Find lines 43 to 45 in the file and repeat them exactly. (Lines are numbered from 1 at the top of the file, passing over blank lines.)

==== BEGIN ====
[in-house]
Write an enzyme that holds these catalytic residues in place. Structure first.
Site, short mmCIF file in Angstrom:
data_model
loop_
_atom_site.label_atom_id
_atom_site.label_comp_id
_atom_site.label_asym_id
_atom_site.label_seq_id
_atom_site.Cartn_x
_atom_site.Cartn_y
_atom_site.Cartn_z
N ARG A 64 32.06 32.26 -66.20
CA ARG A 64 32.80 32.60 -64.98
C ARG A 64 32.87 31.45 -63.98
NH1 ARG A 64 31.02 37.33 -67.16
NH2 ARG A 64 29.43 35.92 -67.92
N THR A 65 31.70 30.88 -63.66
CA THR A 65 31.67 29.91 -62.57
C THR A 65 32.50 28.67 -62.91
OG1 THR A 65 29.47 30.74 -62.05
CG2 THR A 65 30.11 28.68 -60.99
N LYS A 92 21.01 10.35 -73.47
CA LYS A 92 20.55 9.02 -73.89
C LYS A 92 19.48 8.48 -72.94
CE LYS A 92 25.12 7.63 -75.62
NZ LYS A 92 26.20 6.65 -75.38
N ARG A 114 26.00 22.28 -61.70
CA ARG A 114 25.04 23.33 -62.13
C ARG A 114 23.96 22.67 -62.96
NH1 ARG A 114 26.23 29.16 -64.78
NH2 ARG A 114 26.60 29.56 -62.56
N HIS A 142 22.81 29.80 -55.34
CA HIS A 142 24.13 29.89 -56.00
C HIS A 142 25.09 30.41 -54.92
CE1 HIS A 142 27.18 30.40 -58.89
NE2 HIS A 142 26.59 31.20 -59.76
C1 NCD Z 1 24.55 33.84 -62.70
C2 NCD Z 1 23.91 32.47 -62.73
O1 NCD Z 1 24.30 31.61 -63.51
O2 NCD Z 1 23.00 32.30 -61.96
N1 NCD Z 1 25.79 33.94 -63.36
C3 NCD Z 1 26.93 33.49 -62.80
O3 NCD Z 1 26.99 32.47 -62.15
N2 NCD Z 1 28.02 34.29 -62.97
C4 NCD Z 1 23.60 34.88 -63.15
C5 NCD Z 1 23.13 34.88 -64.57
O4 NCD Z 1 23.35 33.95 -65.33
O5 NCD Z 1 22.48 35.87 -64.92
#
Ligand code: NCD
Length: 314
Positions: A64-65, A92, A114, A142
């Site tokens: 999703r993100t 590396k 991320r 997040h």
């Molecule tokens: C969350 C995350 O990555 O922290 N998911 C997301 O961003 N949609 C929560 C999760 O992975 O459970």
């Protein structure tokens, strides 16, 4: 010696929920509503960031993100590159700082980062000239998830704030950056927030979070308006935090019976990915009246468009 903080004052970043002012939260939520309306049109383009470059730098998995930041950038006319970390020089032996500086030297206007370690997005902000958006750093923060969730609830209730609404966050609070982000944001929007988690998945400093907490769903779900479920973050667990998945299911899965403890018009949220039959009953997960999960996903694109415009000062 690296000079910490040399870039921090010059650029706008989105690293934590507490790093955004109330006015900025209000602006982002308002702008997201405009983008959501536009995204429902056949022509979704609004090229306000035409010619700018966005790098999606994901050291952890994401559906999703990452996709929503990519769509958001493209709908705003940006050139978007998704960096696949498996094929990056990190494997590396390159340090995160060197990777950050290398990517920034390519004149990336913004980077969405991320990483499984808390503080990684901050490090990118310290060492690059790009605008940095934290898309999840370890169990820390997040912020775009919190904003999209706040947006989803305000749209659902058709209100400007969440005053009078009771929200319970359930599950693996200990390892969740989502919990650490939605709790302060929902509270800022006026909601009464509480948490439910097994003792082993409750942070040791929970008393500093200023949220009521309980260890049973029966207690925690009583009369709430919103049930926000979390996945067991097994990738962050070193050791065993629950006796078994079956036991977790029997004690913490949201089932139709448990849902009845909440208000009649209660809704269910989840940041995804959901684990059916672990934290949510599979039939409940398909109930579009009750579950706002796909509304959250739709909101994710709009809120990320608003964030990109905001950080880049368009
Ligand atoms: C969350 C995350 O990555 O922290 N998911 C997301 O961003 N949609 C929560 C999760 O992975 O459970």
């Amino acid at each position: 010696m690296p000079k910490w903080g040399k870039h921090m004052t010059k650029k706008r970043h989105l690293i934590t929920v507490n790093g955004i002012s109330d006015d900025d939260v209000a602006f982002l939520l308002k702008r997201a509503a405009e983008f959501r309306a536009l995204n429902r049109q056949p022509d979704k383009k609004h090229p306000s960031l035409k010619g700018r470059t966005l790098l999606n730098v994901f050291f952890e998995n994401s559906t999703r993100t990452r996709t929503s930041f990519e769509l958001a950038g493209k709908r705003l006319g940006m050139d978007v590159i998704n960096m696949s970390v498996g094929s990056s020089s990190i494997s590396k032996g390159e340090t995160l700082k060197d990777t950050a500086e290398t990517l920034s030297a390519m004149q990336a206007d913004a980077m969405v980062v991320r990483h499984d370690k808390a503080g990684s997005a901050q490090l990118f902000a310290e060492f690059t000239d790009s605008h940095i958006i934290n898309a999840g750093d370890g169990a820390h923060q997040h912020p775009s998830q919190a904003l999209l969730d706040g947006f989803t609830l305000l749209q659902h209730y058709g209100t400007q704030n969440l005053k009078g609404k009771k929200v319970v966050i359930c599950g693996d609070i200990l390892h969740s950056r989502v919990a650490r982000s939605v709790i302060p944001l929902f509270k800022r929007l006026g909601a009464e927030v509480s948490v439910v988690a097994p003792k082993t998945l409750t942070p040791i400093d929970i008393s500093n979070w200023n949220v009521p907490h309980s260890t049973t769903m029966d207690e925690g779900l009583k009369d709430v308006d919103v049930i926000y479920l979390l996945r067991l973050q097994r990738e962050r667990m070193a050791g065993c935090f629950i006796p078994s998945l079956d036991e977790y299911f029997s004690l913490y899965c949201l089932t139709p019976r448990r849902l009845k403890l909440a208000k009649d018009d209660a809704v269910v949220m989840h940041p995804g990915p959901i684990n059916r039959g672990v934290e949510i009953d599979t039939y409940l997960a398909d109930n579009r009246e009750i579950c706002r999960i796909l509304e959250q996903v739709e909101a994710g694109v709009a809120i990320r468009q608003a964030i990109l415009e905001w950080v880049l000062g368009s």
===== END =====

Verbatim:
C3 NCD Z 1 26.93 33.49 -62.80
O3 NCD Z 1 26.99 32.47 -62.15
N2 NCD Z 1 28.02 34.29 -62.97